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information on San Francisco's
Lung Force Walk November 21st
LUNG FORCE MAIN SITE - FIND YOUR EVENT
North: November 6 **CANCELLED**
South: January 22nd Harbor - UCLA 0930-1500
Presentation: Dr. Casaburi's research
American Lung Association Responds to EPA Ozone Standard Update, Impact on Public Health
Dear Health Professionals for Clean Air,
Today the Federal EPA released a long-overdue new national standard to better protect health against ozone pollution. We view this new ozone standard as an improvement, but we are disappointed that the rule does not go far enough to provide the level of health protection needed to keep all Californians safe, including our most vulnerable residents. By establishing a new standard of 70 parts per billion (ppb), the higher end of the range (65-70) under consideration, the rule leaves significant health protections on the table. The Lung Association and other health and medical experts called for the level to be set at 60 ppb. The announcement of the new standard follows a process set in motion due to lawsuits by the American Lung Association and others against the EPA for failing to review and update the standard according to statutory requirements.
Here is the link to the national press statement and our California news release sent out to the media today. Information on ozone health effects is available here. Further background information is available on EPA’s website: http://www3.epa.gov/ozonepollution/actions.html#current.
You can also retweet from our Twitter account here.
Below are the key messages we are sharing with our partners and the media:
· The new EPA national ozone standard is a an important step forward, but does not deliver the full level of health protection needed. Throughout the update process, the American Lung Association, other health organizations and scientific advisers to the EPA have recommended the strongest possible standard of 60 ppb.
· Ozone pollution threatens public health and can be deadly. Ozone is a corrosive gas that can burn our lungs and airways, causing them to become inflamed, reddened, and swollen. Children, teenagers, seniors, and people with lung diseases like asthma, chronic bronchitis, emphysema, and others are particularly vulnerable to the health effects of ozone. Health effects of ozone exposure can range from shortness of breath, chest pain and coughing to increased asthma attacks and even premature death.
· The new standard will save lives and avoid health emergencies. Research has shown that thousands of early deaths will be avoided nationally each year through the new standard. In California, 160,000 asthma attacks among children and 120,000 missed school days will be prevented each year through tightening the standard to 70 ppb. The new standard will also help California avoid over $2 billion in health and medical costs.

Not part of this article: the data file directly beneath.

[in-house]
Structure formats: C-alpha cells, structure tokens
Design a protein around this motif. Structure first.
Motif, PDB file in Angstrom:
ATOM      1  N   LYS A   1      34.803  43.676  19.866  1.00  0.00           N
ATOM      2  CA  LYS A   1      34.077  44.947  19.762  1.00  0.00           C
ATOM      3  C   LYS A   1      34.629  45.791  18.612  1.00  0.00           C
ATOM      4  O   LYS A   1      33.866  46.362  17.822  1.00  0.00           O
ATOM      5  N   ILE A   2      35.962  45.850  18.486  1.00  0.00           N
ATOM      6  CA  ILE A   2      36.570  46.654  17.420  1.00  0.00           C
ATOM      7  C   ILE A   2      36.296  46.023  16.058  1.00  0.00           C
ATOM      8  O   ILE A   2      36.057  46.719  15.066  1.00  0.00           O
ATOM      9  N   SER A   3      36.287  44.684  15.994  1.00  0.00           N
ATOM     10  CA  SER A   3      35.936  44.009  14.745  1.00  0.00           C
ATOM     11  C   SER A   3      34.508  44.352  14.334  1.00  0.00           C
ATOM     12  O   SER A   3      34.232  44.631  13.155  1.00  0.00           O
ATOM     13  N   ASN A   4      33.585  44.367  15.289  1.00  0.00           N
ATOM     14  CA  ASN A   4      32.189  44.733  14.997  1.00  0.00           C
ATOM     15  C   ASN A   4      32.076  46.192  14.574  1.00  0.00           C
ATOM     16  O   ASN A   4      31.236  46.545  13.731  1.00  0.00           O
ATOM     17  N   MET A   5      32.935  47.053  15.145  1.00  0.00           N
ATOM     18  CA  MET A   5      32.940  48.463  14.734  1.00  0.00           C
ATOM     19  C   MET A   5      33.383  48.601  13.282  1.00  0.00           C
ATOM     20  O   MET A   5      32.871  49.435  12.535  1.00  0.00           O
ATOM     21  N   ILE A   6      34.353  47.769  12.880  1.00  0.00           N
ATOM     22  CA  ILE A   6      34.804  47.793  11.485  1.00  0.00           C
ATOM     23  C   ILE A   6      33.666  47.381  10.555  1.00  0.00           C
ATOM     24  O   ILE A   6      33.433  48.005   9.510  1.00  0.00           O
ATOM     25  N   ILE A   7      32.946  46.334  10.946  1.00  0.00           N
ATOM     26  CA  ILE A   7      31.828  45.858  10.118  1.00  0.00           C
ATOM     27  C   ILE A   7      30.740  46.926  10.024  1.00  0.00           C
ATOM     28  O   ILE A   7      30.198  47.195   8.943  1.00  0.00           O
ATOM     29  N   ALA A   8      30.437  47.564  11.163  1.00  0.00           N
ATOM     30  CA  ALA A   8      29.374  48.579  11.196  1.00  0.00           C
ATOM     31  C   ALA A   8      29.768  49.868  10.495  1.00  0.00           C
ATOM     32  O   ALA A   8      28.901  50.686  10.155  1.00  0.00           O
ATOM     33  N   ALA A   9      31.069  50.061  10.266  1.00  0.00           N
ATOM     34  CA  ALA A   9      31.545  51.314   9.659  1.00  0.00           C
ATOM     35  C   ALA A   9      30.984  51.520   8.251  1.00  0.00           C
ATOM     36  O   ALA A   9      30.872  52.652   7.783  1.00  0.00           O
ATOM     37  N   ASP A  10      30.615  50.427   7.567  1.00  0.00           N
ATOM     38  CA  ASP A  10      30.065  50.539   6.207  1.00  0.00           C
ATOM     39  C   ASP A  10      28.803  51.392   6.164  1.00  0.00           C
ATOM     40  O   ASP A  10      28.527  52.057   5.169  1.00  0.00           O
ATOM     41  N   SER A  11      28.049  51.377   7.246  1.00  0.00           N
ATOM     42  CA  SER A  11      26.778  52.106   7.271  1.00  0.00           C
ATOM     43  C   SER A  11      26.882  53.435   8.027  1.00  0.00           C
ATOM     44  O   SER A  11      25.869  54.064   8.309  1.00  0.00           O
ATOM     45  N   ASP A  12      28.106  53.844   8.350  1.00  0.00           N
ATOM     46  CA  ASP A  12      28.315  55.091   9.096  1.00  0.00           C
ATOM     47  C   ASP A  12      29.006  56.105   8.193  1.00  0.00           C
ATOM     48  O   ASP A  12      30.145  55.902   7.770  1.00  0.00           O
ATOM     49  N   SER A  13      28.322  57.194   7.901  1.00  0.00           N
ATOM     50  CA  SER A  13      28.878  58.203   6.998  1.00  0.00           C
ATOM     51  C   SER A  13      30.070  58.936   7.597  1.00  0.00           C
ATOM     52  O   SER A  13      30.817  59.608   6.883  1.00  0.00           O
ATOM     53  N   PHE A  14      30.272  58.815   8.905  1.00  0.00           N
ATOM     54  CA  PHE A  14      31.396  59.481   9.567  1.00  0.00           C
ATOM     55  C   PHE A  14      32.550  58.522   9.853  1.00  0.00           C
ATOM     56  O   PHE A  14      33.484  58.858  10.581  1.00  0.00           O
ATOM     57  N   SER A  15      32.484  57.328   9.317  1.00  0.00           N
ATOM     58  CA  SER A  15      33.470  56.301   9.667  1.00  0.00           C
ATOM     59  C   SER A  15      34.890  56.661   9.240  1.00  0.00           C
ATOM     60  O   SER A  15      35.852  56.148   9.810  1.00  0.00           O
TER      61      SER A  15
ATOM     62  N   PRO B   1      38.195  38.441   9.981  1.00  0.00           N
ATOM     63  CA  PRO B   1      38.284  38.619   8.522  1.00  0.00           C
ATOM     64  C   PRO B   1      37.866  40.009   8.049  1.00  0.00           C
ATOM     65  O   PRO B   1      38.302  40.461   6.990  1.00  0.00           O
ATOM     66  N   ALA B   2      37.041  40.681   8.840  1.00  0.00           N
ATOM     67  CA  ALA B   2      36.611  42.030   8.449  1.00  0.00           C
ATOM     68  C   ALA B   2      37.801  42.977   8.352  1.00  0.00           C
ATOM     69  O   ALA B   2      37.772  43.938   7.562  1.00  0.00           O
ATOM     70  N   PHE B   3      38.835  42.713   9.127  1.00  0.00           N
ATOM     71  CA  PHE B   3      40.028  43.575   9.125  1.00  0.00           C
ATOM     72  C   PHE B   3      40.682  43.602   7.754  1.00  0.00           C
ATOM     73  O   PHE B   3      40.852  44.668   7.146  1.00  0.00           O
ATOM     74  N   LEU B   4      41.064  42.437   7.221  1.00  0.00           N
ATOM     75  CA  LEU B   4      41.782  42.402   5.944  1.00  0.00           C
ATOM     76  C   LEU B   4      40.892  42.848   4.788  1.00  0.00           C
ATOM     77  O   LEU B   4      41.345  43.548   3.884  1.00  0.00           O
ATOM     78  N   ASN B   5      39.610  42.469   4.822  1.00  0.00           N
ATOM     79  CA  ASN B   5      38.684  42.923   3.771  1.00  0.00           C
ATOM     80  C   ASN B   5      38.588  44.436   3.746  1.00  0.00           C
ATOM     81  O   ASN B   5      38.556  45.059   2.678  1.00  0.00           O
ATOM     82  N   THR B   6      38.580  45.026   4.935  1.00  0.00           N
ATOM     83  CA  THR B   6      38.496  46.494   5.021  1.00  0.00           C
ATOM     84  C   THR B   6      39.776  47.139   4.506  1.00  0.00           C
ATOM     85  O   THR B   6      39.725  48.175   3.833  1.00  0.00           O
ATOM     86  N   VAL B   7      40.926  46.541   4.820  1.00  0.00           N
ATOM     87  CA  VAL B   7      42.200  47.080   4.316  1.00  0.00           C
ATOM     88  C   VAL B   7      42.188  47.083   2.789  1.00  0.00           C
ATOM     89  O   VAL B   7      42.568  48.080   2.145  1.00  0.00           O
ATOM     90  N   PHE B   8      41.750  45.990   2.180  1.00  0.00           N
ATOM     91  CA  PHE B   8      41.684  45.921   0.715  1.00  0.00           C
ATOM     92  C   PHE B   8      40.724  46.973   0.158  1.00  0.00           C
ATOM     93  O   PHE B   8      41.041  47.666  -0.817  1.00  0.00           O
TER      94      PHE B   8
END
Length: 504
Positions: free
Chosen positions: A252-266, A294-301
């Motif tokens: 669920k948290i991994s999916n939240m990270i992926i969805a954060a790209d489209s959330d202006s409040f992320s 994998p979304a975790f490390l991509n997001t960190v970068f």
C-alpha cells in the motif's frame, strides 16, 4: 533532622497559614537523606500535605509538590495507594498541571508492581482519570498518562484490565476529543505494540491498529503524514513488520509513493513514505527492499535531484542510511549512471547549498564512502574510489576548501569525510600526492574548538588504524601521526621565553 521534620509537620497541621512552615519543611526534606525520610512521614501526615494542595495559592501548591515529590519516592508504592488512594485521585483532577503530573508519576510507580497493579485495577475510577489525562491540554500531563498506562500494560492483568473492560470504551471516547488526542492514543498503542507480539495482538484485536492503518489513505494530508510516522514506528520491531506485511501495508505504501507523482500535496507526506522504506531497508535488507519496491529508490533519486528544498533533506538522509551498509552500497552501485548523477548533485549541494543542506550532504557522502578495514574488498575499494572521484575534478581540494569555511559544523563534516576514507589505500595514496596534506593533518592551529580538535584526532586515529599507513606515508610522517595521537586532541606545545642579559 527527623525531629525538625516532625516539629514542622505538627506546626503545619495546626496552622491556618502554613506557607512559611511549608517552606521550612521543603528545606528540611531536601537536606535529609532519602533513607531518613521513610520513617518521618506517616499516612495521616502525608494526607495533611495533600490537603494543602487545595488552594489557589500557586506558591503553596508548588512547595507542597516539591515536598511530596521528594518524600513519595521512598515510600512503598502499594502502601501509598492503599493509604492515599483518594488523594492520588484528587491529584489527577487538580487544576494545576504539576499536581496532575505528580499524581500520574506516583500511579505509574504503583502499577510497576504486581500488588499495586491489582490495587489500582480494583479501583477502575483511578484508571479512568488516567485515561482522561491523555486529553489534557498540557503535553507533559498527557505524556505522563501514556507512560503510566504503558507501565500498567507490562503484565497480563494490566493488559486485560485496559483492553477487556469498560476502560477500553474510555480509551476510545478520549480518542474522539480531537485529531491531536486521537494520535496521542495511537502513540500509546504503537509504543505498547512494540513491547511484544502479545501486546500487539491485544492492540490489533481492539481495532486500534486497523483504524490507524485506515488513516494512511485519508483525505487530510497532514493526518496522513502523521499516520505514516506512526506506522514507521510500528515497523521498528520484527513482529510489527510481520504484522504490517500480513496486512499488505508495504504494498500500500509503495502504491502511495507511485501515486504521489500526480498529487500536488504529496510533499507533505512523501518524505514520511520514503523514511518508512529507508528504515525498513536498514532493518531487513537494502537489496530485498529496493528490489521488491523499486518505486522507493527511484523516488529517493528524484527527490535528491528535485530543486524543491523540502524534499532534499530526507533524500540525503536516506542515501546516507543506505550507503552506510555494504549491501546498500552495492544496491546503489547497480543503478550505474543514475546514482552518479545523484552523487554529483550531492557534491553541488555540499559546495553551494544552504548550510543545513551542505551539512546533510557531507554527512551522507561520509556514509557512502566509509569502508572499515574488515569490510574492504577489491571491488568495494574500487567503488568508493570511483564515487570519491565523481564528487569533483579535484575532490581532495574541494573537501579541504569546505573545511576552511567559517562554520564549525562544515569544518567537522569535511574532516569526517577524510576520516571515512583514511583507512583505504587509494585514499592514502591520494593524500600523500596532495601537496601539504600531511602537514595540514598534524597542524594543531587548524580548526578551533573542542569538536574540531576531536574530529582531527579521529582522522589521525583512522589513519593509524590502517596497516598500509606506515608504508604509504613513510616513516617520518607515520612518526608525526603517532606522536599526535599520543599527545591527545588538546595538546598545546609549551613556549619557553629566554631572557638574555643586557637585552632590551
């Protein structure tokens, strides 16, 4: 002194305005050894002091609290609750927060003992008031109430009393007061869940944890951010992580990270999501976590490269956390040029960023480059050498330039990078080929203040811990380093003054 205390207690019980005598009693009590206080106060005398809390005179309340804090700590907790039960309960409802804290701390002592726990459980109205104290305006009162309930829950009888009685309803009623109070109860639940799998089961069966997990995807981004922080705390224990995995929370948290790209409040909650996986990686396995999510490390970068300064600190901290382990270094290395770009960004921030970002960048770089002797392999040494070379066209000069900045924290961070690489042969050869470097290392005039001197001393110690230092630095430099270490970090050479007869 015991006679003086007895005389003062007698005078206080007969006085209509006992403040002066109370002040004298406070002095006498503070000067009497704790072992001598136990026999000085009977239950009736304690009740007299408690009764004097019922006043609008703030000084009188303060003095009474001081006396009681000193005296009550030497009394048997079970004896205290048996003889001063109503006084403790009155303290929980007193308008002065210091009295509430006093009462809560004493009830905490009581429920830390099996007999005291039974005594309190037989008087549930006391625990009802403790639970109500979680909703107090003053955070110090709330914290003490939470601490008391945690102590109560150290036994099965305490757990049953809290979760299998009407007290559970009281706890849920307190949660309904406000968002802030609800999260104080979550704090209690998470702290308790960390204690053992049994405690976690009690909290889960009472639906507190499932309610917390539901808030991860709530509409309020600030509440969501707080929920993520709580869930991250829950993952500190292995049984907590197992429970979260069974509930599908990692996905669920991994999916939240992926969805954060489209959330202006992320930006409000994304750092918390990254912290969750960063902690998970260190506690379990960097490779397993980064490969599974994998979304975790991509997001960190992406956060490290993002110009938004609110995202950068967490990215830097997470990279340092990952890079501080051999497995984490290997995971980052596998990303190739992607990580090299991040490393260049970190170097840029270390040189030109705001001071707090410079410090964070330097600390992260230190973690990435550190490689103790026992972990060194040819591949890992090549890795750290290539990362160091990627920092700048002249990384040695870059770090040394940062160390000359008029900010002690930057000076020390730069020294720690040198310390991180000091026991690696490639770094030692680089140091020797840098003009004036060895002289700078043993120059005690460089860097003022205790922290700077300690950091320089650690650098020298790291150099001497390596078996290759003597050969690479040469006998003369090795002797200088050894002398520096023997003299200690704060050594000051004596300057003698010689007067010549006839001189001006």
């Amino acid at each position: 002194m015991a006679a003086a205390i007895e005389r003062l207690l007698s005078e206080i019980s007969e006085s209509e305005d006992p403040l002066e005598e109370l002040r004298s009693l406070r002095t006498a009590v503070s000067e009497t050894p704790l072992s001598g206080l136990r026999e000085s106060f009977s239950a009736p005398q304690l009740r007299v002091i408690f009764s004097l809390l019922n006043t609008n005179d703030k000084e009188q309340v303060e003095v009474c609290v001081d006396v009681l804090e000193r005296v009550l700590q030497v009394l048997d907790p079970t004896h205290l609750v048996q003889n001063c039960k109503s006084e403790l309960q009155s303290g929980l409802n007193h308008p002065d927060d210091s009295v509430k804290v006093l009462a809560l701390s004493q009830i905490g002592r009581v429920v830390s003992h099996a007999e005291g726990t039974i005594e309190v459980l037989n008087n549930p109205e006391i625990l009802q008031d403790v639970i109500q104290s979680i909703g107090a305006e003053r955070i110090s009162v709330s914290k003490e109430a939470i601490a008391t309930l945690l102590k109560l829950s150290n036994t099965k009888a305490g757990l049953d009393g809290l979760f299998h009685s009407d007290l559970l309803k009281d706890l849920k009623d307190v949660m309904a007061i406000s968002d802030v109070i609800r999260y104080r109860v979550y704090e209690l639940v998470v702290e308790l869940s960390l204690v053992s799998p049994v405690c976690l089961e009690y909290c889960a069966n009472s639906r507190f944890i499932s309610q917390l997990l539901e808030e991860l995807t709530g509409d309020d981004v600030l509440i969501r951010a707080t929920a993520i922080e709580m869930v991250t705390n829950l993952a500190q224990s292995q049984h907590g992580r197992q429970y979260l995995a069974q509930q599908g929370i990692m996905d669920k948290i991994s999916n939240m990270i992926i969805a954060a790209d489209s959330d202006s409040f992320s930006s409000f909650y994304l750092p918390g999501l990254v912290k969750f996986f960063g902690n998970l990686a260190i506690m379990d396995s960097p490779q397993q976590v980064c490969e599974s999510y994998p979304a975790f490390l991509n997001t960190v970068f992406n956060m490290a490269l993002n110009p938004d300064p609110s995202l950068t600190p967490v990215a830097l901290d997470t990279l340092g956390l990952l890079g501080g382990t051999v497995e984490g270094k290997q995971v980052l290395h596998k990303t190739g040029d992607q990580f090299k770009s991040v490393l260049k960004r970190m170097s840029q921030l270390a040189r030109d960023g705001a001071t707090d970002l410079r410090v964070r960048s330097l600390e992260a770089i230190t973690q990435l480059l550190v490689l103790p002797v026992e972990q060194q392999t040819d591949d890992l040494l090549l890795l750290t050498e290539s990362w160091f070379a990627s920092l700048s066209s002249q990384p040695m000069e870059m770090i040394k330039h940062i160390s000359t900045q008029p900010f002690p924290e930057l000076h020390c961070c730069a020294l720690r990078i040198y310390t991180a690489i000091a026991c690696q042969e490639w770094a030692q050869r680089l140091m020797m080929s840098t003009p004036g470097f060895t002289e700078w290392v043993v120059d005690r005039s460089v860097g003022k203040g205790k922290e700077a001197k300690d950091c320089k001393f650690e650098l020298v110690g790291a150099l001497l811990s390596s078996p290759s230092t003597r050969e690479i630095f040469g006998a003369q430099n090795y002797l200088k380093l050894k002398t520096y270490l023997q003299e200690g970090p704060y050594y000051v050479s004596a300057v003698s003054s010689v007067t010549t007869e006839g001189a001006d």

· California has the worst air quality in the country and the only two “extreme” ozone non-attainment areas in the country. Our residents are depending on the federal Clean Air Act for health protection.
· Health impacts from ozone exposure have been identified in research below the level of the current standard, making this revision critical to improve health. A large body of scientific evidence shows that asthma attacks as well as hospitalizations and emergency room visits for respiratory illnesses and premature deaths occur at levels below the current standard.
·We look forward to working with the EPA to strengthen the standard so that it will protect all people from harm due to air pollution, including the most vulnerable individuals.
Please let me know if you have any questions or need further information. We have additional information and fact sheets available for those who need more detail on ozone health effects and the ozone standard review process.
All the best,
Jenny Bard | Director, Partner Engagement and Media Advocacy
American Lung Association in California
333 Hegenberger, Suite 450, Oakland, CA 94621
Ph: 707-775-6044 | email@example.com
CSPR: Building Better Pulmonary Programs
- Quarterly professional meetings held regionally.
- Annual "Art and Science of Pulmonary Rehabilitation" conference.
- An affiliate of the American Association of Cardiovascular and Pulmonary Rehabilitation (AACVPR), CSPR is dedicated to providing professional education and communication for the advancement of pulmonary health and rehabilitation.
- CSPR represents and supports our members through public and legislative advocacy by interacting with state and federal entities on issues that affect our patients and our profession.
- CSPR members frequently participate in
- AACVPR’s annual Day on the Hill in Washington D.C.
- American Association Respiratory Care (AARC) legislative efforts
- COPD Foundation advocacy campaigns
- CSPR fosters and supports the exchange of ideas and best practices that reduce debility from pulmonary disease through education, prevention and disease self-management.
- Members actively participate in research to enhance the practice and understanding of pulmonary rehabilitation.